- DNS (domain name system): Like DHCP, DNS also uses UDP; therefore, cybercriminals can intercept the communication by altering the proxy configuration packet. Additionally, when an organization uses the highest level of the domain to enable WPAD, attackers might benefit by spoofing a subdomain under the primary domain. For instance, if the browser query for x.y.z.com is sent, the DNS server will first query x.y.z.com. If there is no reply, it will query y.z.com. If there is no reply there, too, the browser will query z.com. If the organization has used z.com for enabling WPAD, the criminal might spoof another subdomain to launch an attack.
One method to protect yourself from an automatic proxy discovery attack is to turn off automatic proxy detection on your device. The following screenshot shows how to turn off automatic proxy detection in Windows.
7. DNS Spoofing
Next on our list of the types of man in the middle attacks: DNS spoofing. This type of attack occurs when a cybercriminal replaces a legitimate IP address in a DNS server’s records. By doing this, the attacker can misdirect site visitors’ clients to a fake website instead of the real one.
The domain name system (DNS) is a protocol for mapping the destination IP address when a request is raised by a client. When a request is raised for a specific website, the browser and the operating system (OS) looks for a corresponding entry from the memory cache or the device’s internal storage. If it doesn’t find it there, then it raises the query to search for that IP address through different servers. When it finds the matching IP address, it connects the client to it.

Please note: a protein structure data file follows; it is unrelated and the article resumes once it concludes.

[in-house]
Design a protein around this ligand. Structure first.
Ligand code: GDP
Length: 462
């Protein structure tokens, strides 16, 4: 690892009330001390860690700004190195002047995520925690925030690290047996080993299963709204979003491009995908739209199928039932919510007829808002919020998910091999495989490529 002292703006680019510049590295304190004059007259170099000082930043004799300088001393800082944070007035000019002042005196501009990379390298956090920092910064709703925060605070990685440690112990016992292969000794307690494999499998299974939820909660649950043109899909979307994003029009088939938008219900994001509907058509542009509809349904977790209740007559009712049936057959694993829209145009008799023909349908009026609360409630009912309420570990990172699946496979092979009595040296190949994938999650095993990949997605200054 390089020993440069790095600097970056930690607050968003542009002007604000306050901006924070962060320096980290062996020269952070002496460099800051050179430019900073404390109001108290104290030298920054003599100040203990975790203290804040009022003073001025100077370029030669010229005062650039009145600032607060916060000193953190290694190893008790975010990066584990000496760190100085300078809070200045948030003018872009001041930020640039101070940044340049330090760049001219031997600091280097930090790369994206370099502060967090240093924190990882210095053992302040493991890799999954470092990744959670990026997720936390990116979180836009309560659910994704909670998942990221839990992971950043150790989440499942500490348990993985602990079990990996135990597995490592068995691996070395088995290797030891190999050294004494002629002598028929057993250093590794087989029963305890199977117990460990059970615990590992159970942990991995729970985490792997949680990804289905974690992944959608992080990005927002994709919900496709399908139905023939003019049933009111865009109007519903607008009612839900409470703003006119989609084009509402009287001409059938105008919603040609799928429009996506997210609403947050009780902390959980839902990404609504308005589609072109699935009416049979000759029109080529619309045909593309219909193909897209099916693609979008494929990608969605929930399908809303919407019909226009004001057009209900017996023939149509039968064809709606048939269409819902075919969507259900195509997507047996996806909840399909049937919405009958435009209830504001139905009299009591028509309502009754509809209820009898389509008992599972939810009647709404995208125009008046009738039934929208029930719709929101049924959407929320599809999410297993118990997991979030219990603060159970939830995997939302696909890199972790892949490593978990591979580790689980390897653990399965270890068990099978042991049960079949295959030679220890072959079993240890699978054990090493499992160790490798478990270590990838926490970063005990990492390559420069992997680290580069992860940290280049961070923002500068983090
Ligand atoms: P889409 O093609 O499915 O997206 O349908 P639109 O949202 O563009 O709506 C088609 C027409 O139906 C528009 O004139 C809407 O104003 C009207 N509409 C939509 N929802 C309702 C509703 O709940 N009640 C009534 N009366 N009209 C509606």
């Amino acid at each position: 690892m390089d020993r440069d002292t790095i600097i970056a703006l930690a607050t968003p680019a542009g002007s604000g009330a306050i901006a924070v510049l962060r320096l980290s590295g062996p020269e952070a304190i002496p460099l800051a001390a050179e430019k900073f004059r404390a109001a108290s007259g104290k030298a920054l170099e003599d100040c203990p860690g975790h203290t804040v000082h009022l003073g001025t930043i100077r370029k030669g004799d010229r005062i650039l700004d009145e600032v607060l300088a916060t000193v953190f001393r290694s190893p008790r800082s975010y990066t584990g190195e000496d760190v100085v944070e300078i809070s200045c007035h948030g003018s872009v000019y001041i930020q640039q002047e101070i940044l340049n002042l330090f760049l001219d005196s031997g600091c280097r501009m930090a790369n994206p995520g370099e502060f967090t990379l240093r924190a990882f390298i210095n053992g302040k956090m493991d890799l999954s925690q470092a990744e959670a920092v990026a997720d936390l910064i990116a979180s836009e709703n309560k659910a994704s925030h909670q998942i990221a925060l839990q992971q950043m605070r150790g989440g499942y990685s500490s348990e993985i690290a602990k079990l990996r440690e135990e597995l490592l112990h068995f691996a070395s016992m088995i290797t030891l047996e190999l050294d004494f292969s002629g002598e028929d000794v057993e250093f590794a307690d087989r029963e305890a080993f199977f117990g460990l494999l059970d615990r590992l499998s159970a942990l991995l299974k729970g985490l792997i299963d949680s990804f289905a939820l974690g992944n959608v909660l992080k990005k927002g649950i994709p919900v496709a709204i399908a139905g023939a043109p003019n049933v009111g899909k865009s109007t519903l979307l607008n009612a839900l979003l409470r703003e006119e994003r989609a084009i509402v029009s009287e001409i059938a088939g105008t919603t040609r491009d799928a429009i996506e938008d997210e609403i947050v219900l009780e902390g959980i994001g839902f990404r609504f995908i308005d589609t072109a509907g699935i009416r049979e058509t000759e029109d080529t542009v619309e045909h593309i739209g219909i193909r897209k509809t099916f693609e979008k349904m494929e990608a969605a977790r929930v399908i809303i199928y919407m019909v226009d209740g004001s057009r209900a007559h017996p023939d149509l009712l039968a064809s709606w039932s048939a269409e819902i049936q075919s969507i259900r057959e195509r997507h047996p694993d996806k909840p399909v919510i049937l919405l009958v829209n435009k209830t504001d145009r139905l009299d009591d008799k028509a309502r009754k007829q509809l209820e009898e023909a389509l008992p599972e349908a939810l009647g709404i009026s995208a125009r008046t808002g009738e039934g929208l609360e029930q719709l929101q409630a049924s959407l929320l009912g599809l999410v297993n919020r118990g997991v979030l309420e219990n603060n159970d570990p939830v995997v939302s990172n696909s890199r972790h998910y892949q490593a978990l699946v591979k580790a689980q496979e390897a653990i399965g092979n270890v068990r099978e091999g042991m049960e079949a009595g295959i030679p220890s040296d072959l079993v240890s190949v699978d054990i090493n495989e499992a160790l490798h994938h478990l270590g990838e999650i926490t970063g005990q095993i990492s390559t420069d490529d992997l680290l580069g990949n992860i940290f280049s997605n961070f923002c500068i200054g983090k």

How Does a DNS Spoofing Attack Work?
With a fake DNS record, the user will be unaware that they are on a fake website and will use their login credentials to access their account. The MitM watches the fake website and can retrieve the client’s credentials from it. They can then use the credentials to log into the original website as the user, enabling them to retrieve all the information of the client.
The cybercriminal can go a step further and change the DNS records of a website to list their own website as the original one. This way, every time a client opens the website, they will be directed to the fake website. This method is called DNS poisoning or cache poisoning.
The DNS system is very much like an address book you keep to note down the addresses of your family and friends. If somebody changes the address on the address book, you might not know, but your letters will be delivered to the wrong person who can read and use them for malicious purposes. In the same manner, a cybercriminal spoofs the DNS records to carry out a DNS spoofing attack.
8. BGP Misdirection
BGP misdirection is an attack where a cybercriminal redirects the internet traffic to a malicious route by spoofing the IP prefixes.
The border gateway protocol (BGP) is the routing protocol for the internet. It is like a grid that connects all the networks to each other. Generally, the BGP protocol is responsible for finding the best route for the requests raised by the devices. The protocol accesses the DNS records of the website to direct any query from the clients to the correct IP address.
How Does a BGP Misdirection Attack Work?
So, what is BGP misdirection? Well, this type of man in the middle attack is exactly what the name implies — it’s a malicious misdirection of BGP protocol to reroute the traffic through a cybercriminal-controlled network. As traffic passes through this spoofed network, the bad guy will be able to intercept, read, or even change the data before it reaches its destination.
One of the contributing factors in making a BGP misdirection attack successful is that the server and the client are unaware that their data is intercepted. A cybercriminal can easily stay undetected and intercept a huge amount of traffic.